While the aforementioned statistic puts Kidder in elite company, there is another box office metric where Kidder stands alone. In 1979, Kidder was a lead (I would argue the lead) in both Superman and the second biggest earner that year, The Amityville Horror. Our current method of analyzing the box office has been around since the mid-1970s and, in that time, no other performer has achieved this feat. The closest comparison I could find happened nearly 40 years later, in 2018, when Chadwick Boseman starred in top earner Black Panther and then appeared in the second place Avengers: Infinity War. However, Boseman didn’t have a lead role in Infinity War (even if he obviously should have).
It’s easy to look at the box office numbers from back in 1979 and mistakenly assume that the films’ measly grosses diminish this achievement. But if you adjust Superman and The Amityville Horror’s grosses for inflation, you’ll find that Superman earned over $500 million in today’s dollars (over a billion worldwide), while The Amityville Horror grossed over $300 million.
When going by release date rather than in-year gross, Kidder starred in the second-highest-grossing films of both 1978 and 1979 and then in the third-highest-grossing film of 1980. While not as shiny of an achievement, this three-year string of success shows exactly where Kidder was in the Hollywood hierarchy.
To get a sense of how big of an achievement Kidder’s box office wins were, I turned to Gitesh Pandya, founder and editor of the legendary Box Office Guru, who has been tracking the box officesince 1997. Pandya says, “Starring in the highest-grossing film of the year is quite a difficult accomplishment, but to be in the top two films in any given year is unheard of.”
If this story were being told in the usual manner of Margot Kidder tales, we might guess that she didn’t stay on top of the box office because of her well-known struggles. But the truth is that three years is a long time in Hollywood. You may recall times in which stars as varied as Bruce Willis, Angelina Jolie, Meg Ryan, Mike Myers, Cameron Diaz, and Jim Carrey were at the top of the box office hierarchy, and their stints rarely extended for a long period of time. Some unicorn actors, like Tom Cruise and Sandra Bullock, have had multiple hot streaks, but even the hottest of those is almost always interrupted by slower periods and haven’t seen a peak this lofty.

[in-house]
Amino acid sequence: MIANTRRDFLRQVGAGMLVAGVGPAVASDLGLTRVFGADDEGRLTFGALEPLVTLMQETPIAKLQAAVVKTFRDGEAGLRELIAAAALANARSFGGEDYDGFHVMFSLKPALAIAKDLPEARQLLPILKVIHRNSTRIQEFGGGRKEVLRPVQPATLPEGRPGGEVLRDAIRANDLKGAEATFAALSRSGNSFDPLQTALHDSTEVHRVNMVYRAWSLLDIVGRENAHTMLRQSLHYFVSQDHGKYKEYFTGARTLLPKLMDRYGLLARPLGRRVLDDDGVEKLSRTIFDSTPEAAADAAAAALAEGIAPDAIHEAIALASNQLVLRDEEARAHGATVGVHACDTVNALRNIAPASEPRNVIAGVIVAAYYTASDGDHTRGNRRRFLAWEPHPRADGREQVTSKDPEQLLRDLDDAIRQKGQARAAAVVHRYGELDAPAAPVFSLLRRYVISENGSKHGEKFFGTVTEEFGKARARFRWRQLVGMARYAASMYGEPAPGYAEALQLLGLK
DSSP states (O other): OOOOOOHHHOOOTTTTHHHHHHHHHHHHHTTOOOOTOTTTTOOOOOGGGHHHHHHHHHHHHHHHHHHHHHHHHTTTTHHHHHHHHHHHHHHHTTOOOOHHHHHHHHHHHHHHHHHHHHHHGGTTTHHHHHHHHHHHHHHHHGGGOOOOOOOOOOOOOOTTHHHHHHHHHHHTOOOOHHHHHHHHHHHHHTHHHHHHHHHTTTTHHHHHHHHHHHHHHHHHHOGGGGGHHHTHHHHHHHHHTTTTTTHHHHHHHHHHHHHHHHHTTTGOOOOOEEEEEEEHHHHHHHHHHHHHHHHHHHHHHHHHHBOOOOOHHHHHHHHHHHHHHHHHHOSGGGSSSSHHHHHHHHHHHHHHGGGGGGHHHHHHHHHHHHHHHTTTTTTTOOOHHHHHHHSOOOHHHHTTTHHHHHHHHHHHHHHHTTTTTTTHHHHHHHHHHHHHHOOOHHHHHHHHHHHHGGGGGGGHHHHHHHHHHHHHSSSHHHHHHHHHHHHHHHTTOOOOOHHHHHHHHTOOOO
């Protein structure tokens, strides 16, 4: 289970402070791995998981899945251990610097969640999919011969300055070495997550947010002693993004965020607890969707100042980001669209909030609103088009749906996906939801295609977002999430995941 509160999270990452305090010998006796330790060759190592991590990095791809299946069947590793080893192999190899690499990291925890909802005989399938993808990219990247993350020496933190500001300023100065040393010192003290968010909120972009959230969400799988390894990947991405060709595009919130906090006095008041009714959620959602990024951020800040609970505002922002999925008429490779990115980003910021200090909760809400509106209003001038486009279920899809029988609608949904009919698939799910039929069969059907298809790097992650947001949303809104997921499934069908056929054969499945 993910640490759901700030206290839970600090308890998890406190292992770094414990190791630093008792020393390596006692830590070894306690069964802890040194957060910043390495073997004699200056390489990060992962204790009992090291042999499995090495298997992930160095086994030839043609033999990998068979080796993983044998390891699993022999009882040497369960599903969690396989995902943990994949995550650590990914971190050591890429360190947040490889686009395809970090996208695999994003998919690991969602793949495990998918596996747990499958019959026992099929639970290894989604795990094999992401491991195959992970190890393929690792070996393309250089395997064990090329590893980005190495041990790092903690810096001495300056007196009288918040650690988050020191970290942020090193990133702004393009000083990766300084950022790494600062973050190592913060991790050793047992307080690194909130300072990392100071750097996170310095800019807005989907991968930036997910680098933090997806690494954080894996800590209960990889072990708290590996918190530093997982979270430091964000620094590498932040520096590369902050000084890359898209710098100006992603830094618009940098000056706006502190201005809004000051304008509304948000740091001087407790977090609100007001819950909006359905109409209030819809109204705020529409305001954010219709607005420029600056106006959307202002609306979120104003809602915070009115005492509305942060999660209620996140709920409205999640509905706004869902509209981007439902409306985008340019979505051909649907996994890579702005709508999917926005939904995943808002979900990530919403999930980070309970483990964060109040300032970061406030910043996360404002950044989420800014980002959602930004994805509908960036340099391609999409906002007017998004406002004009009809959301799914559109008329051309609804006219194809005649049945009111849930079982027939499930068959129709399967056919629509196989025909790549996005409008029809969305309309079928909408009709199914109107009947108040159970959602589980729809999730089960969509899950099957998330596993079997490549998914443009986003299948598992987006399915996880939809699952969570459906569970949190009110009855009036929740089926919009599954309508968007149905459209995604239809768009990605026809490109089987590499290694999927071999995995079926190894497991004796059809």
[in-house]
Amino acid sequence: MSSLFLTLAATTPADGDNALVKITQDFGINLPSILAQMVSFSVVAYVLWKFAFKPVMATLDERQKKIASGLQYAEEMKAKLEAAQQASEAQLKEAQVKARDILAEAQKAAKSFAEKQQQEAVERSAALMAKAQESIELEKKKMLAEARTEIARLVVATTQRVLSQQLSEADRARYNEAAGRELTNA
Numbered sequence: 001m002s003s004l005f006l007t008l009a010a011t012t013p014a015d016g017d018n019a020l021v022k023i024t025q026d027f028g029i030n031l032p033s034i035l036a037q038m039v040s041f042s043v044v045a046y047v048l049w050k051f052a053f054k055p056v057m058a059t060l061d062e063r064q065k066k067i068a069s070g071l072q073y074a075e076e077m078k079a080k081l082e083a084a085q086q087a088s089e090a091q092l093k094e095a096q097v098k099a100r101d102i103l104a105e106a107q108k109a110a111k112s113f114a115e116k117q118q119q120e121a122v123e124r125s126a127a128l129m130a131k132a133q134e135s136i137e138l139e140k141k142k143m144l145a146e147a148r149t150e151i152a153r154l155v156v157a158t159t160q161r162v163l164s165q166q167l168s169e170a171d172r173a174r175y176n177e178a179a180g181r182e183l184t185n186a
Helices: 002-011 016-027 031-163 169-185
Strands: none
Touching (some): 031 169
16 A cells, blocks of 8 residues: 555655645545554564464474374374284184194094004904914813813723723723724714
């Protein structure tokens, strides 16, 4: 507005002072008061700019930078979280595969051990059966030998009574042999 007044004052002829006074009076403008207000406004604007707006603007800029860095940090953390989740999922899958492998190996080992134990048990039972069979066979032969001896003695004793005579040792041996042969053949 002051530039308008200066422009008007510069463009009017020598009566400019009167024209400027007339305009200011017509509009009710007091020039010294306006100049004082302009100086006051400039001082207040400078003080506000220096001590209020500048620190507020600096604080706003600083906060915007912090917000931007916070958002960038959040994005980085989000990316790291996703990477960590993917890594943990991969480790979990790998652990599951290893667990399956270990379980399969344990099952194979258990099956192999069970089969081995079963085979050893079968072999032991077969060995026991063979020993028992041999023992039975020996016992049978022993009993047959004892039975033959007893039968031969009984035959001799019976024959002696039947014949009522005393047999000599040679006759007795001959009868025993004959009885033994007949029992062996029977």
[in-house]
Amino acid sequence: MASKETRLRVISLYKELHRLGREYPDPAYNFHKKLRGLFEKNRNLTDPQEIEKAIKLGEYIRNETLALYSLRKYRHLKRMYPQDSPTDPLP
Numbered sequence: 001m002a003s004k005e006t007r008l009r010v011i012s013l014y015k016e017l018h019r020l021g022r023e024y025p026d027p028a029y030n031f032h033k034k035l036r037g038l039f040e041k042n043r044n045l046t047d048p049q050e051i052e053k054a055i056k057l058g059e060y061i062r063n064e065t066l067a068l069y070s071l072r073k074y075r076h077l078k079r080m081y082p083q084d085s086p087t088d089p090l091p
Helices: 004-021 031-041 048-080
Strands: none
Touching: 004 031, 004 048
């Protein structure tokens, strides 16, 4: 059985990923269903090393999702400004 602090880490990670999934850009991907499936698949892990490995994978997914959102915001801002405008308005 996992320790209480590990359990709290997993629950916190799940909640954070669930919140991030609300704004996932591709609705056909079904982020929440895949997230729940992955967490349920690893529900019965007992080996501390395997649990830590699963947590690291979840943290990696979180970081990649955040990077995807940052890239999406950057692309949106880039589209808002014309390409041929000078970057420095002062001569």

When I think of Kidder’s achievement, the nearest examples I can think of are key franchise players who mixed in the occasional non-franchise film (or a second franchise) in the same genre. Actors like Scarlett Johansson, Chris Pratt, Robert Downey Jr., Zoë Saldana, Karen Gillan, and Dwayne Johnson serve as examples. In 1979, though, neither Superman nor The Amityville Horror was a sure bet, and they certainly weren’t franchises yet. Plus, Kidder was tasked with performing in two very different genres.
Even more impressive is that Kidder wasn’t a huge star when she reached the top of the box office. She wasn’t a nobody, but she’d spent the years leading up to Superman as a stay-at-home mother, and her best-known credits were Brian De Palma’s bonkers 1972 psychological horror flick Sisters and the aforementioned Black Christmas.
Notable beginnings, but certainly not auspicious.
There’s a scene in Superman where Kidder’s nervous Lois Lane is on her gorgeous Manhattan balcony, wearing a ton of eyeliner and a lovely, billowing powder blue gown. She’s about to interview Superman, so she pours herself a heavy glass of white wine and promptly chugs it. Superman arrives on her balcony and she giggles, saying, “This old thing?” about her stunning attire. She lights a cigarette with a challenging grin. She is beautiful. She is rich. She’s relatable. She’s wonderful. I dreamed that I looked like that with a glass of wine in my hand (I didn’t). This is how we should remember Margot Kidder.
She was such a movie star. In 1979, she was the movie star. She was beautiful, unique, relatable, mesmerizing. She was exactly who a Christopher Reeve-hot-alien hero with a heart of gold would fall in love with. She had Bette Davis eyes, a Julia Roberts smile, a Jennifer Lawrence rasp, and Harrison Ford charm. And, like those stars, she had box office receipts. In 1979, she had more.
Of course, Margot Kidder had to fall to Earth. No one had ever flown higher.